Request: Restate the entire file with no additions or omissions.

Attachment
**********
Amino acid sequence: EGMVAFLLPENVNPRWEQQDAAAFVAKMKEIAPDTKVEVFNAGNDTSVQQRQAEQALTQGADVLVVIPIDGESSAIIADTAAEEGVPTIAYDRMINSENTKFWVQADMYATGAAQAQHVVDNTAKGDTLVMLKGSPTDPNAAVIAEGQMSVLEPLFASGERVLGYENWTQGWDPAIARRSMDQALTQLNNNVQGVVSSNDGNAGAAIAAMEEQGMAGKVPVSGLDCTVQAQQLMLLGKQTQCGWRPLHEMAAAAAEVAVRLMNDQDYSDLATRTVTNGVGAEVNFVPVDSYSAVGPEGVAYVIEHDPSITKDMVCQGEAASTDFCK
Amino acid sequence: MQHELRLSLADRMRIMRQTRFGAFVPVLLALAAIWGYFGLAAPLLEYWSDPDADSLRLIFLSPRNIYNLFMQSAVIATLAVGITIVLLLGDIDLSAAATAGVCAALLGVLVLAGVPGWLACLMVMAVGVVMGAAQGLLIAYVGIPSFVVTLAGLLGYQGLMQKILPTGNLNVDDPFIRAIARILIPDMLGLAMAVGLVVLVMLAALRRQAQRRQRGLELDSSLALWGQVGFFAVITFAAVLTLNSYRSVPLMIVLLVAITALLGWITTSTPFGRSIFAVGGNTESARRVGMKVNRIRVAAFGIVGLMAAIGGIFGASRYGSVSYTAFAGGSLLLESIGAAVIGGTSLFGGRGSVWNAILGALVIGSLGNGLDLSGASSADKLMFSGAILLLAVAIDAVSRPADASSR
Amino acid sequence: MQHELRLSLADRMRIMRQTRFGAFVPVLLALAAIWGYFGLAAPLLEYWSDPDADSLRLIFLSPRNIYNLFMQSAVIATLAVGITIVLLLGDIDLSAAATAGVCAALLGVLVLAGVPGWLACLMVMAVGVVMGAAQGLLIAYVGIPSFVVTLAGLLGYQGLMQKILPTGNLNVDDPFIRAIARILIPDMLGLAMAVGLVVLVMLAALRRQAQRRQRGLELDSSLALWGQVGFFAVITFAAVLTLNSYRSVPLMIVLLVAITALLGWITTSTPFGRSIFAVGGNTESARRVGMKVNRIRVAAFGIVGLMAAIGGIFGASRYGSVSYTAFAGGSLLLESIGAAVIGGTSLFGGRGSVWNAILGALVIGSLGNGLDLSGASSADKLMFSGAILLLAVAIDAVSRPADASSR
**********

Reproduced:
Amino acid sequence: EGMVAFLLPENVNPRWEQQDAAAFVAKMKEIAPDTKVEVFNAGNDTSVQQRQAEQALTQGADVLVVIPIDGESSAIIADTAAEEGVPTIAYDRMINSENTKFWVQADMYATGAAQAQHVVDNTAKGDTLVMLKGSPTDPNAAVIAEGQMSVLEPLFASGERVLGYENWTQGWDPAIARRSMDQALTQLNNNVQGVVSSNDGNAGAAIAAMEEQGMAGKVPVSGLDCTVQAQQLMLLGKQTQCGWRPLHEMAAAAAEVAVRLMNDQDYSDLATRTVTNGVGAEVNFVPVDSYSAVGPEGVAYVIEHDPSITKDMVCQGEAASTDFCK
Amino acid sequence: MQHELRLSLADRMRIMRQTRFGAFVPVLLALAAIWGYFGLAAPLLEYWSDPDADSLRLIFLSPRNIYNLFMQSAVIATLAVGITIVLLLGDIDLSAAATAGVCAALLGVLVLAGVPGWLACLMVMAVGVVMGAAQGLLIAYVGIPSFVVTLAGLLGYQGLMQKILPTGNLNVDDPFIRAIARILIPDMLGLAMAVGLVVLVMLAALRRQAQRRQRGLELDSSLALWGQVGFFAVITFAAVLTLNSYRSVPLMIVLLVAITALLGWITTSTPFGRSIFAVGGNTESARRVGMKVNRIRVAAFGIVGLMAAIGGIFGASRYGSVSYTAFAGGSLLLESIGAAVIGGTSLFGGRGSVWNAILGALVIGSLGNGLDLSGASSADKLMFSGAILLLAVAIDAVSRPADASSR
Amino acid sequence: MQHELRLSLADRMRIMRQTRFGAFVPVLLALAAIWGYFGLAAPLLEYWSDPDADSLRLIFLSPRNIYNLFMQSAVIATLAVGITIVLLLGDIDLSAAATAGVCAALLGVLVLAGVPGWLACLMVMAVGVVMGAAQGLLIAYVGIPSFVVTLAGLLGYQGLMQKILPTGNLNVDDPFIRAIARILIPDMLGLAMAVGLVVLVMLAALRRQAQRRQRGLELDSSLALWGQVGFFAVITFAAVLTLNSYRSVPLMIVLLVAITALLGWITTSTPFGRSIFAVGGNTESARRVGMKVNRIRVAAFGIVGLMAAIGGIFGASRYGSVSYTAFAGGSLLLESIGAAVIGGTSLFGGRGSVWNAILGALVIGSLGNGLDLSGASSADKLMFSGAILLLAVAIDAVSRPADASSR